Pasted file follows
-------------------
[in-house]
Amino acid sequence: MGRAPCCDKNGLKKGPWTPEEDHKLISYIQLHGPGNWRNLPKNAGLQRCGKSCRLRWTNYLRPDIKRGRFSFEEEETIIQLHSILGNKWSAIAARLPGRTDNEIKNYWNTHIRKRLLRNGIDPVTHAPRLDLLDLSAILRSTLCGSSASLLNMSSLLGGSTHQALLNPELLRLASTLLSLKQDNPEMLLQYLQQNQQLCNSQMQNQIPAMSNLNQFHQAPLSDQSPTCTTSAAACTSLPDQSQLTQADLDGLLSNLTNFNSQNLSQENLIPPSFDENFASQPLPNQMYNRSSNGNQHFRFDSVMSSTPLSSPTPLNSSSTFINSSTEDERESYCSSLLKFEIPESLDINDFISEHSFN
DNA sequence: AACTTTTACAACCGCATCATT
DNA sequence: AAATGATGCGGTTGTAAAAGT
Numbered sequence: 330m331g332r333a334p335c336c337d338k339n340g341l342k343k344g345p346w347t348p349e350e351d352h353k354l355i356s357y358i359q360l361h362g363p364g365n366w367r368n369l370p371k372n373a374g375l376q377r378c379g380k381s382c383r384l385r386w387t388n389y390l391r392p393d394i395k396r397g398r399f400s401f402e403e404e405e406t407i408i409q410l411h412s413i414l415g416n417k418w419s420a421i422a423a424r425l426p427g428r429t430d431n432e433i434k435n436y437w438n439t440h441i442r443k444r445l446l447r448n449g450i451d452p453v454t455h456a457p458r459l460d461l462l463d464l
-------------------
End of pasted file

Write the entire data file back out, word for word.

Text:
[in-house]
Amino acid sequence: MGRAPCCDKNGLKKGPWTPEEDHKLISYIQLHGPGNWRNLPKNAGLQRCGKSCRLRWTNYLRPDIKRGRFSFEEEETIIQLHSILGNKWSAIAARLPGRTDNEIKNYWNTHIRKRLLRNGIDPVTHAPRLDLLDLSAILRSTLCGSSASLLNMSSLLGGSTHQALLNPELLRLASTLLSLKQDNPEMLLQYLQQNQQLCNSQMQNQIPAMSNLNQFHQAPLSDQSPTCTTSAAACTSLPDQSQLTQADLDGLLSNLTNFNSQNLSQENLIPPSFDENFASQPLPNQMYNRSSNGNQHFRFDSVMSSTPLSSPTPLNSSSTFINSSTEDERESYCSSLLKFEIPESLDINDFISEHSFN
DNA sequence: AACTTTTACAACCGCATCATT
DNA sequence: AAATGATGCGGTTGTAAAAGT
Numbered sequence: 330m331g332r333a334p335c336c337d338k339n340g341l342k343k344g345p346w347t348p349e350e351d352h353k354l355i356s357y358i359q360l361h362g363p364g365n366w367r368n369l370p371k372n373a374g375l376q377r378c379g380k381s382c383r384l385r386w387t388n389y390l391r392p393d394i395k396r397g398r399f400s401f402e403e404e405e406t407i408i409q410l411h412s413i414l415g416n417k418w419s420a421i422a423a424r425l426p427g428r429t430d431n432e433i434k435n436y437w438n439t440h441i442r443k444r445l446l447r448n449g450i451d452p453v454t455h456a457p458r459l460d461l462l463d464l